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Women with disabilities demand sexual, reproductive rights

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Women with disabilities have called on people in the country to stop violating their sexual and reproductive health rights.

The women said they are facing numerous challenges in the process of trying to access quality sexual and reproductive health services.

This is despite all efforts in the development of relevant policies such as sexual reproductive health policy and other structures that deal with all forms of abuse and domestic violence.

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Speaking during an interface aimed at engaging the media to popularise the findings of the December 2015 assessment on the sexual and reproductive health challenges that women with disabilities are facing, Disabled Women in Development (Diwode) Executive Director, Sigere Kasasi, called for equal treatment.

Kasasi said girls and women with disabilities are living within families and communities that often overprotect and isolate them in issues of sexual and reproductive health.

She said what women with disabilities want are community members and media that are very proactive in disseminating messages on the need for them to access sexual and reproductive health services without challenges that come just because they are women with disabilities.

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“There is a lot of stigma and discrimination at household, community and health centre levels which affect women and girls with disabilities a lot. We need a change in the society attitude towards women and girls with disabilities in the process of accessing quality sexual and reproductive health services,” Kasasi said.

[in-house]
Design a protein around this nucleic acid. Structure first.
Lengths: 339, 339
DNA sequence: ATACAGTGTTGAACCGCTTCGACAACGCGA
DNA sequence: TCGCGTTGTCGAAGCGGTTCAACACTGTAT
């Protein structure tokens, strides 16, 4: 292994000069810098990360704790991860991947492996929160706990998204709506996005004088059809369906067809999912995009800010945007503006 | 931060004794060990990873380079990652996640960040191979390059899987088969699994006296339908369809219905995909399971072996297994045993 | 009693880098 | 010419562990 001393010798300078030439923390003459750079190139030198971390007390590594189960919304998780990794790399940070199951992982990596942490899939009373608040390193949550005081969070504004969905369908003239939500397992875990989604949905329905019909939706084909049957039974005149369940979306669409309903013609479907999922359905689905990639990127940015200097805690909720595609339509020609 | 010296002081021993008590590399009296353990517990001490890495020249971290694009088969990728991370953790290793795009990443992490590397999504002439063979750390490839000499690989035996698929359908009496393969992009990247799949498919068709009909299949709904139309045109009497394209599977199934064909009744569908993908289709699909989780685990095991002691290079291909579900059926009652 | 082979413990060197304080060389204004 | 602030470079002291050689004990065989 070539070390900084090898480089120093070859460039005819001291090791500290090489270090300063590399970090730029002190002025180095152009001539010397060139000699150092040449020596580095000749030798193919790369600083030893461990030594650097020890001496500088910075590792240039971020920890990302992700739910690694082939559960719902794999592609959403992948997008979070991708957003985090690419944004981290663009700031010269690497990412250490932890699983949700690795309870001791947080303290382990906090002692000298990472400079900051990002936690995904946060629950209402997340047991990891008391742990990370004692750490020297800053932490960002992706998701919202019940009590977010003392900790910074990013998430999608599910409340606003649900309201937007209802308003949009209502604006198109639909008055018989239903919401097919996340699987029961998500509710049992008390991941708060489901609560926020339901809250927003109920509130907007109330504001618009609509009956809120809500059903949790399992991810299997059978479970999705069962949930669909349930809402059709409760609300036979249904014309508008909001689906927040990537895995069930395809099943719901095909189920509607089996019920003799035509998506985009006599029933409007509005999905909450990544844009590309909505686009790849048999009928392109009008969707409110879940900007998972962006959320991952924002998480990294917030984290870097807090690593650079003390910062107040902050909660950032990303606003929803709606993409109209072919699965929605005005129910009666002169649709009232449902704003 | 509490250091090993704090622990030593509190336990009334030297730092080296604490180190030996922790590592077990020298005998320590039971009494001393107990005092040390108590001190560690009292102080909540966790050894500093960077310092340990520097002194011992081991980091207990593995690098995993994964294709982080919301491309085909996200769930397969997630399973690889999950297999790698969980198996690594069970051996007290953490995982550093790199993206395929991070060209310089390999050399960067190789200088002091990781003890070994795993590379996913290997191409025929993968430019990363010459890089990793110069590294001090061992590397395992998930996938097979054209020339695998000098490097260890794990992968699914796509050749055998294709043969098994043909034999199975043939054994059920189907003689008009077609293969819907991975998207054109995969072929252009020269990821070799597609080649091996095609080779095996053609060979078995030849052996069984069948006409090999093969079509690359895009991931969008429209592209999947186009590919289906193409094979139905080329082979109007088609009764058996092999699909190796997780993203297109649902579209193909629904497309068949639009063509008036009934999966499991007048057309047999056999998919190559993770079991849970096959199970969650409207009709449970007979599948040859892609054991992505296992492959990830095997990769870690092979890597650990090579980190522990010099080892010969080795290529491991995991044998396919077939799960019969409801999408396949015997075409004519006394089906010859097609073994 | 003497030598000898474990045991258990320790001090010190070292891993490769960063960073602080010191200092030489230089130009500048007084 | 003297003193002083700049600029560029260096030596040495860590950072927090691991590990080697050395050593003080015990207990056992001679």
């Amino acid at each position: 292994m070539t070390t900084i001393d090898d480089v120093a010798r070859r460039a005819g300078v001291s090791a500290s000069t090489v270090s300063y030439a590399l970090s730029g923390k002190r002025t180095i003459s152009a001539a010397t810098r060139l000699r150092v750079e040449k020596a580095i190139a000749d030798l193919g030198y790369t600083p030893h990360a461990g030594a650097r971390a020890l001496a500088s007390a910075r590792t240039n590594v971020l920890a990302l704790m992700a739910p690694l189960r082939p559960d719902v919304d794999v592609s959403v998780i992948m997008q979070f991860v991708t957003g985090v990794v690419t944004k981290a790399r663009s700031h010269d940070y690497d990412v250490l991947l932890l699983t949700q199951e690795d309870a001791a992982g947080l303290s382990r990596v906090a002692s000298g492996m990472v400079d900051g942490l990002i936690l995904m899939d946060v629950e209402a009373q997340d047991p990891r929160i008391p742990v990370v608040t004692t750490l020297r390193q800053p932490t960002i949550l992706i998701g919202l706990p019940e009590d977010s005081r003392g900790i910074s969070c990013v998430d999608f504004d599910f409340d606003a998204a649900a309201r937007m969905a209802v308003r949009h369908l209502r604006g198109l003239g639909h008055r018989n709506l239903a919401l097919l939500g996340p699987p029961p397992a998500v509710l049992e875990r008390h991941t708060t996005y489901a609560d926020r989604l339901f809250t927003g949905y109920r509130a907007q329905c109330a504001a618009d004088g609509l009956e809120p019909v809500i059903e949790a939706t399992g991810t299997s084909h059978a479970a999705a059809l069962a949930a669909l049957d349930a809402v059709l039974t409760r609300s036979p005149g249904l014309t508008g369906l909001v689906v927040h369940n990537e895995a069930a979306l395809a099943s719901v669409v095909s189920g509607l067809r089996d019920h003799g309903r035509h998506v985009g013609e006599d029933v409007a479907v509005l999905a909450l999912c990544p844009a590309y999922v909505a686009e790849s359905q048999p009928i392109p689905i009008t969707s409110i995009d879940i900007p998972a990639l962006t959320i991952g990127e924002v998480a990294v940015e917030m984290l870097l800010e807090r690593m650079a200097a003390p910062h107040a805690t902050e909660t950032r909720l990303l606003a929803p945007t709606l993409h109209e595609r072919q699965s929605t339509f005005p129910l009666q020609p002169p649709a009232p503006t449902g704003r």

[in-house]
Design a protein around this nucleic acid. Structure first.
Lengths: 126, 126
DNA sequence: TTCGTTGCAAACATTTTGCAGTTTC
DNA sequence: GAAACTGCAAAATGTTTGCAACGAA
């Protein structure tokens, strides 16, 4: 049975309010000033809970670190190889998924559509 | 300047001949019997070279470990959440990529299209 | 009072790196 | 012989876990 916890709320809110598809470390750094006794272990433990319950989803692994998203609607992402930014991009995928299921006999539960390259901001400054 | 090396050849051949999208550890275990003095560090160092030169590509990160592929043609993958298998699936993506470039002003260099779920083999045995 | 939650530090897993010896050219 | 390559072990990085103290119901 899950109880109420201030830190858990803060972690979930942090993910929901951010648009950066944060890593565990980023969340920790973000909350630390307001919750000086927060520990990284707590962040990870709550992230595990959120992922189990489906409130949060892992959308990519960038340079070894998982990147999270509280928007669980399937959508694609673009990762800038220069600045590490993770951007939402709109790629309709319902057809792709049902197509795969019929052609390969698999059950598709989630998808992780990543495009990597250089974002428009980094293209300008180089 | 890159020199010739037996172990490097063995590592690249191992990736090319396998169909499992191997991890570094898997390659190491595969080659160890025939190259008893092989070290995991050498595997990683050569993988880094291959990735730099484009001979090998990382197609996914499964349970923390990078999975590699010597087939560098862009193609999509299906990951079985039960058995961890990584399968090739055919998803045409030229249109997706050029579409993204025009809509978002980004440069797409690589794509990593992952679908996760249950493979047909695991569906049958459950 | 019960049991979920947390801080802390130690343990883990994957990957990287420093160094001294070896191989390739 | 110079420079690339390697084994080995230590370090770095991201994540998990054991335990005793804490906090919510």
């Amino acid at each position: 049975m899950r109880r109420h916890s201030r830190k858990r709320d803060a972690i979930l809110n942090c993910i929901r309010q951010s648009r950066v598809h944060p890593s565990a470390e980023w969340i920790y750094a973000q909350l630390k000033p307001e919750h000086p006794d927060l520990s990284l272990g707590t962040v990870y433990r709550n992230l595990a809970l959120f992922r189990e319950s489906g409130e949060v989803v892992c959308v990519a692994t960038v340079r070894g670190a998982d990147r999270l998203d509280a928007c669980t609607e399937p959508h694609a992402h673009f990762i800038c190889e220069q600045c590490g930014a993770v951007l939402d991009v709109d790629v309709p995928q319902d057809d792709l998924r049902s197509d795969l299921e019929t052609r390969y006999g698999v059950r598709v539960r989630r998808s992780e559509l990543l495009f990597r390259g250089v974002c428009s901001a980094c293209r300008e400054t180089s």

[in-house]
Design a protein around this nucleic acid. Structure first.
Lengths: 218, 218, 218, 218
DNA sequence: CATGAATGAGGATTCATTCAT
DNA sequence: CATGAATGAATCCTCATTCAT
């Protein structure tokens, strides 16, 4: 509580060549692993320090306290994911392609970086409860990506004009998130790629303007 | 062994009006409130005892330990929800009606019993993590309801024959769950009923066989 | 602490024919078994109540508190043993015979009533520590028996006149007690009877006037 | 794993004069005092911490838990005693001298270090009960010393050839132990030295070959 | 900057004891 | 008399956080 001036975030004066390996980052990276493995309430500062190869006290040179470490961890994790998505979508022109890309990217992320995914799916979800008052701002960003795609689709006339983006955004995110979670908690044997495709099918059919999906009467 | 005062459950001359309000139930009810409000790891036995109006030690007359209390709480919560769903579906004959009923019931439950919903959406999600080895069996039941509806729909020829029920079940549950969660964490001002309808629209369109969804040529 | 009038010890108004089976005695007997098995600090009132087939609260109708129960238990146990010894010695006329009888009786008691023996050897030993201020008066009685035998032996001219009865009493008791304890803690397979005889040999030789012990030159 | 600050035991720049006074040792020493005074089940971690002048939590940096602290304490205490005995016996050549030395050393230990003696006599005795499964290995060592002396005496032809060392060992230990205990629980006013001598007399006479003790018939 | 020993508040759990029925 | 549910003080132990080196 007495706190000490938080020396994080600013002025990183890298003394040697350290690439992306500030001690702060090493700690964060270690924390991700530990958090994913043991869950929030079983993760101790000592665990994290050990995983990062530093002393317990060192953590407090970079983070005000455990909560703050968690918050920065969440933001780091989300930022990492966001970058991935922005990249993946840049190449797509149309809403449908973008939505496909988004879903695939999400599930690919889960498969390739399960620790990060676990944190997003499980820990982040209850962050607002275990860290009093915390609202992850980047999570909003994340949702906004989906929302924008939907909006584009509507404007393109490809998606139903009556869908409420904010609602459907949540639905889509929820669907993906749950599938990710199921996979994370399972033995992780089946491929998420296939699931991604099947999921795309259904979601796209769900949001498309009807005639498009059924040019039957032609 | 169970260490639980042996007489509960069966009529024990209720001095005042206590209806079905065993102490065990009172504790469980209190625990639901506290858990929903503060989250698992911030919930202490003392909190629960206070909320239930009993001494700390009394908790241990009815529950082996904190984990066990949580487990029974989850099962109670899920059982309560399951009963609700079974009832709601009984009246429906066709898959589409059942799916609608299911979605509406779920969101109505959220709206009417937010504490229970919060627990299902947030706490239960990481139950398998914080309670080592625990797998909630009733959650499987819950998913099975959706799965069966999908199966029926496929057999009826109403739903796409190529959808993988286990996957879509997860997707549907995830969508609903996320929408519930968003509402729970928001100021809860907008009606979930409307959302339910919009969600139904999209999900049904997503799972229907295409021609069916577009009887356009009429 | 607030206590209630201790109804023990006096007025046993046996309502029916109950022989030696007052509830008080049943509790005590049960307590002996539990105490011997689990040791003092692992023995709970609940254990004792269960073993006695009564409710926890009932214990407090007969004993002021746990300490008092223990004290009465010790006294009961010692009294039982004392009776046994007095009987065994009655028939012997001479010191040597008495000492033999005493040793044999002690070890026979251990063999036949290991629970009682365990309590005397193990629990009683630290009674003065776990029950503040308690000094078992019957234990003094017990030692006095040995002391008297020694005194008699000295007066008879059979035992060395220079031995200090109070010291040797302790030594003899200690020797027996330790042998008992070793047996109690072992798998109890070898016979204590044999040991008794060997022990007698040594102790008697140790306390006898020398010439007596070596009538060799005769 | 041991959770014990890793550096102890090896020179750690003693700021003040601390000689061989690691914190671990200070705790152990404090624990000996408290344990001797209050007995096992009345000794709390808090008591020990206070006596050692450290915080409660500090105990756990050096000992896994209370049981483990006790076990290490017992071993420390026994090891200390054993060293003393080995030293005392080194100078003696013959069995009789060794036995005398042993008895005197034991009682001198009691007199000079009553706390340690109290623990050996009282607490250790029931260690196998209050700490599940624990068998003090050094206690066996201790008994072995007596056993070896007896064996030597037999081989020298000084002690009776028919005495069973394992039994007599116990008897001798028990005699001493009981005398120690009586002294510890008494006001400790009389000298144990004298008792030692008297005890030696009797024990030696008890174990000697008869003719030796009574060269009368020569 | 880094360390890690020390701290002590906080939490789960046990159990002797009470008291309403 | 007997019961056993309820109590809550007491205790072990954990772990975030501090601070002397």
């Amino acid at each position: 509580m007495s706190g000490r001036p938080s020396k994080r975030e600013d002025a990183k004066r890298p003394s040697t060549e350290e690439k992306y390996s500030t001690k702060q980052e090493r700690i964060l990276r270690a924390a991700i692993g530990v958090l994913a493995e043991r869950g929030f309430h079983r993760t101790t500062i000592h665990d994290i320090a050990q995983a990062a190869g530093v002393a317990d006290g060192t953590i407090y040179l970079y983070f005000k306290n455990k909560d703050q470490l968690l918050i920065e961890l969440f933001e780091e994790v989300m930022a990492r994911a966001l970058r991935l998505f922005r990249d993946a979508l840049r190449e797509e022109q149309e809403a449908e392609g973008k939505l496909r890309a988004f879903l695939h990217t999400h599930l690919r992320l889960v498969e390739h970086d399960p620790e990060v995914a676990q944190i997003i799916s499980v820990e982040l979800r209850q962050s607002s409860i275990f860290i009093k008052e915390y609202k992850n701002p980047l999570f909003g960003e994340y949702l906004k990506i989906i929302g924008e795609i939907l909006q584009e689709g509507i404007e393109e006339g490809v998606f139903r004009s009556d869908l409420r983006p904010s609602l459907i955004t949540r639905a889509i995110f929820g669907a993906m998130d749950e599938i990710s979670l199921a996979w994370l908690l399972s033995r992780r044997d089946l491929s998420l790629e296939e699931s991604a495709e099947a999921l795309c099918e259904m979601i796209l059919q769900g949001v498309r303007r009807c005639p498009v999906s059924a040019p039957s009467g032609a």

In his presentation of the findings, Diwode Trustee Cassim Gama described the challenges that women with disabilities are facing as double tragedy considering that majority of all women in the country are already vulnerable.

Gama said the need for a strong voice for women with disabilities cannot be emphasised as people with disabilities are deliberately excluded from society and also prone to exploitation.

He said it is very wrong for people in a modern country like Malawi to keep on thinking that women and girls with disabilities have no sexual and reproductive rights.

“Media can, therefore, help through provision of accurate and unbiased information about disability issues and sexual and reproductive health,” Gama said.

The 2015 survey, which Disability Rights Fund supported financially and was conducted in the area of Traditional Authority Kalolo in Lilongwe, found that gender dynamics greatly affect girls and women with disabilities in issues of sexual and reproductive health.

It also found that there are major attitude and communication problems towards girls and women with disabilities among health workers on top of disability unfriendly health facilities.

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